Two US agencies are working together in a research effort to assess the potential impact of nanomaterials on people’s health and the environment.
The US Environmental Protection Agency (EPA) and the US Consumer Product Safety Commission (CPSC) said it is important to conduct research to identify method that will allow manufacturers to ensure that products containing these materials are not harmful.
They cite one ongoing study evaluating the potential human and environmental effects from exposure to copper nanomaterials, an ingredient in wood treatment products used on wood for building decks and fences.
Broader nanomaterial effort
It is part of a broader US government effort to assess the potential risks of nanomaterials.
The US Food and Drug Administration (FDA) issued two draft guidelines for public comment in April aimed at manufacturers of food substances and cosmetics but has not commented since.
“Nanotechnology and nanomaterials used in the development of these products improve our everyday lives, but it is important that we understand how humans are exposed to nanomaterials and to assess the risks they may pose to people’s health and the environment,” said Dr Tina Bahadori, national program director for EPA’s Chemical Safety for Sustainability Research.
“This innovative research greatly improves what is known about nanomaterials and will inform the future design of more sustainable, effective nanomaterials.”
The collaboration is part of a larger effort focussing on identifying, characterising and quantifying the origins of nanomaterials, determining how they interact with humans and the environment, involving industry to develop sustainable manufacturing processes and studying biological processes affected that could influence risk.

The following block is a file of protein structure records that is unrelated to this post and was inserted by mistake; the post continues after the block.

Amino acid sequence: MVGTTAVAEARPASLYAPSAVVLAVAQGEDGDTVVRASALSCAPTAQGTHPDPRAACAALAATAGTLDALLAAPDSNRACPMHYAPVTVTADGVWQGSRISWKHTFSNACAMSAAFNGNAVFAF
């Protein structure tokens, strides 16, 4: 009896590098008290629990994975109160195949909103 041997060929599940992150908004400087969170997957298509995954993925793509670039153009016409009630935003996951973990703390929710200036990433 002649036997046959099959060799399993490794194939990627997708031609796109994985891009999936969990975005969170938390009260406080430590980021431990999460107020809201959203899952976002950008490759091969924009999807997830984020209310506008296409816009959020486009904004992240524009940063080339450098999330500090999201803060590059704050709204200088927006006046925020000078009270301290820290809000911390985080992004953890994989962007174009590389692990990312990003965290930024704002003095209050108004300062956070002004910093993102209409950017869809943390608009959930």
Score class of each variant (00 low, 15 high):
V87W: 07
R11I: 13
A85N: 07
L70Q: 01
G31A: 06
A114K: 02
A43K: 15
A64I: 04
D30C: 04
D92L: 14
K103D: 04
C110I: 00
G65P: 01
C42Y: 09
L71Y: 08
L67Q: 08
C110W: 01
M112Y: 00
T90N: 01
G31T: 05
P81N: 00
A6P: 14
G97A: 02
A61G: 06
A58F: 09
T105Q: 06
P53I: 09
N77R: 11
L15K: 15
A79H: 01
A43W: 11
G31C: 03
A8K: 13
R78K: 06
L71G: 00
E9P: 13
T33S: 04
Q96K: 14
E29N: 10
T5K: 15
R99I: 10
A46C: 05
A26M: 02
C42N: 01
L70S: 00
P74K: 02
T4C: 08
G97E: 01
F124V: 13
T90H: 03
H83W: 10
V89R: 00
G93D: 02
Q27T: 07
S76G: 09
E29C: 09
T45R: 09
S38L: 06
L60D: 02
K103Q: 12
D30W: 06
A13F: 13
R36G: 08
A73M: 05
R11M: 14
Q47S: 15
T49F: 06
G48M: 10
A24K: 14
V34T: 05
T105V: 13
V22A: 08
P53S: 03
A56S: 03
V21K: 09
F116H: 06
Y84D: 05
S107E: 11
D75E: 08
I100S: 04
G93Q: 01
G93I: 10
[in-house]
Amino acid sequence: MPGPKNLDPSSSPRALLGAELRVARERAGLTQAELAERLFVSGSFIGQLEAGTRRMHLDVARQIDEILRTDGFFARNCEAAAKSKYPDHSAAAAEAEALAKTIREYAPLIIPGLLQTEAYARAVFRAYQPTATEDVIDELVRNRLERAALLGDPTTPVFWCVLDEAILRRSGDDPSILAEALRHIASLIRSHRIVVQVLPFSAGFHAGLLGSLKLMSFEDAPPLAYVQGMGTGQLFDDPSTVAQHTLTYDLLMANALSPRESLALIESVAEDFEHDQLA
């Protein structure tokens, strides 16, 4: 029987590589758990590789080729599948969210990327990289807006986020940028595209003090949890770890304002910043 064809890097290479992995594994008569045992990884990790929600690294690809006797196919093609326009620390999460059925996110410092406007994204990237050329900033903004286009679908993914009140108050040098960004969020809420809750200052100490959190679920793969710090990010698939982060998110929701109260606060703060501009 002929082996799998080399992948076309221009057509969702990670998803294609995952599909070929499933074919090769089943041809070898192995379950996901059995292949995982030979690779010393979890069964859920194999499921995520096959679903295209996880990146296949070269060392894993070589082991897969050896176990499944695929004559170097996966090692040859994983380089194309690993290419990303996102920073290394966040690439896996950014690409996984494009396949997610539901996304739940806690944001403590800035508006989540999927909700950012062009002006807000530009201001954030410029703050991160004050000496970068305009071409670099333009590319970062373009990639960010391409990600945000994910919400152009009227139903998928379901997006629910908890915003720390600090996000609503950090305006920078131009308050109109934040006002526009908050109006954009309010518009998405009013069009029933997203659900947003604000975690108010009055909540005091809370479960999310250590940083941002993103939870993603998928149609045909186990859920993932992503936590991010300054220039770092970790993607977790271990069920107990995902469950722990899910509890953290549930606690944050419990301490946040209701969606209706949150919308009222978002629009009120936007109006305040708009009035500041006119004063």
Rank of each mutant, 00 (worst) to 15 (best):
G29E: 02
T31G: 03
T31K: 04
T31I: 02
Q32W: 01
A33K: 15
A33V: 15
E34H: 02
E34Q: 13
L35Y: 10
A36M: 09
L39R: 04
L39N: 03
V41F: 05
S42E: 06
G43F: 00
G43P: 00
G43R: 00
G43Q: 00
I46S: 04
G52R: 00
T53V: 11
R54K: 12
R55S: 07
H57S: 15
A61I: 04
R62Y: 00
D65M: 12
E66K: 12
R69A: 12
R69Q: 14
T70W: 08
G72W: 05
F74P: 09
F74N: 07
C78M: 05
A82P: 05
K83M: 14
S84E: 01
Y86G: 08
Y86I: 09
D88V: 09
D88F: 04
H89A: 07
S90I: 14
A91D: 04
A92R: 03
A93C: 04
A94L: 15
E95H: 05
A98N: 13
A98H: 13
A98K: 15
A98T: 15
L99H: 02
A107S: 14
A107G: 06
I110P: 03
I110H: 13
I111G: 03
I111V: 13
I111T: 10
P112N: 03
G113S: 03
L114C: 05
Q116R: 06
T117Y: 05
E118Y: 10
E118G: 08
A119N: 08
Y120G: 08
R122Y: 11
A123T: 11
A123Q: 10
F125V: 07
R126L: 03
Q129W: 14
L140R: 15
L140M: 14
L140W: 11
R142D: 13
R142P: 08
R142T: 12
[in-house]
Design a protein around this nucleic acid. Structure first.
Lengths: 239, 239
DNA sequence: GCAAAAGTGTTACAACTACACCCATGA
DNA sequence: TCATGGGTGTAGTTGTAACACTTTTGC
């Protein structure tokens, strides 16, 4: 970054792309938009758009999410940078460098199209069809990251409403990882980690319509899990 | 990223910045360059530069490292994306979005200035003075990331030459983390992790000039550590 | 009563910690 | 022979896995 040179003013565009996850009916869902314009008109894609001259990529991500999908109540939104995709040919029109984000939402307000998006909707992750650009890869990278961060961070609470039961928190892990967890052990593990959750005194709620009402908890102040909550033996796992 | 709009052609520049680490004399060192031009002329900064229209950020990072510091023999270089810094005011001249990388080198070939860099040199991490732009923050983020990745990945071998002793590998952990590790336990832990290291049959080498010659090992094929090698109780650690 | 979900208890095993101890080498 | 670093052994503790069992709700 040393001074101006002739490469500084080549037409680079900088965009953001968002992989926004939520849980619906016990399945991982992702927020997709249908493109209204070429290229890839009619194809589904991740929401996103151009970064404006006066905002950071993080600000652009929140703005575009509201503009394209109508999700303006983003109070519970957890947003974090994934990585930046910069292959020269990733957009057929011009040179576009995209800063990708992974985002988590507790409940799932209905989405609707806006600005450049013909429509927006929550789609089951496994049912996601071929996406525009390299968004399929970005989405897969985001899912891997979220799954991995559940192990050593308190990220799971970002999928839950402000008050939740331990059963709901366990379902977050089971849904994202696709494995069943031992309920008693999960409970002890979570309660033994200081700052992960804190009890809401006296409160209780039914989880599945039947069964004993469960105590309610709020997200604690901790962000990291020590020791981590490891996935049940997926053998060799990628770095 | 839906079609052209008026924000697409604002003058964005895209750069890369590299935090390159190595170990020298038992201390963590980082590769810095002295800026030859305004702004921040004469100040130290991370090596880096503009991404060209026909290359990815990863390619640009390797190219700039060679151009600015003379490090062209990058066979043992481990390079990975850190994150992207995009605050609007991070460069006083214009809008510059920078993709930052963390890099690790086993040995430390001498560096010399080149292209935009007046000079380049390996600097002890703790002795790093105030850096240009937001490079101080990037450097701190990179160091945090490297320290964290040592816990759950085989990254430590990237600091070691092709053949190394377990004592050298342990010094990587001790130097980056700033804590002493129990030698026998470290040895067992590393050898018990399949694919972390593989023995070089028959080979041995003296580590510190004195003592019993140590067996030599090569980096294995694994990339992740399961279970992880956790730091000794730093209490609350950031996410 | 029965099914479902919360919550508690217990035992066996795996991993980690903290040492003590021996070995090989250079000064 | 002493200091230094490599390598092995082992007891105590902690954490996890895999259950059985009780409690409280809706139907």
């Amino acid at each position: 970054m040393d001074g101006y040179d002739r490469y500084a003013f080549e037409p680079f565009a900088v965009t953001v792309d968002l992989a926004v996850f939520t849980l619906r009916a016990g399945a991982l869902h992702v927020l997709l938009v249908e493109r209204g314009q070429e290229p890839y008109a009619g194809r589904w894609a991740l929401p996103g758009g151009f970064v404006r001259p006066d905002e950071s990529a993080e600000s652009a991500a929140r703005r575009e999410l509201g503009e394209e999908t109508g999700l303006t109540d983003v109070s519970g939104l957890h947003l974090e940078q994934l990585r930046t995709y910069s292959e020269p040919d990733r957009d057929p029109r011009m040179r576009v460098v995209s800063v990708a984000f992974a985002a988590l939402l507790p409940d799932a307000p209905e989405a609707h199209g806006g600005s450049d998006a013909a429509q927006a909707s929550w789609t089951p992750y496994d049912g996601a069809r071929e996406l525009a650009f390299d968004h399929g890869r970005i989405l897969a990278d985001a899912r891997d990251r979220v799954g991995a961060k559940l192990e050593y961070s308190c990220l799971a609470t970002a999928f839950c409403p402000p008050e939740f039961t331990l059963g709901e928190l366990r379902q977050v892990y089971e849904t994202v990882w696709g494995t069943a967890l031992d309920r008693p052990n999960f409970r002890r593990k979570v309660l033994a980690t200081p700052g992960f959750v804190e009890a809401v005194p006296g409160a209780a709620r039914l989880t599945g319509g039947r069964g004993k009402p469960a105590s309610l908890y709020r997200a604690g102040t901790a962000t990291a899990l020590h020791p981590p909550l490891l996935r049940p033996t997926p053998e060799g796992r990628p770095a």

“These tiny nanomaterials are widely used in products ranging from clothing to sunscreen, but the need for additional research and knowledge on how they affect consumers is great,” said Dr. Treye Thomas, program manager for the CPSC Nanotechnology program.
“The CPSC staff is working diligently to meet the challenges involved in regulating this emerging technology and is pleased to be collaborating with staff at EPA to develop test methods and exposure data to adequately address health and safety concerns.”
The European Commission (EC) said in October that nanomaterials must be assessed on a case-by-case basis, much like normal chemicals/substances.
Silicone dioxide, carbon black and titanium nitride are currently authorised for use in plastic food contact materials.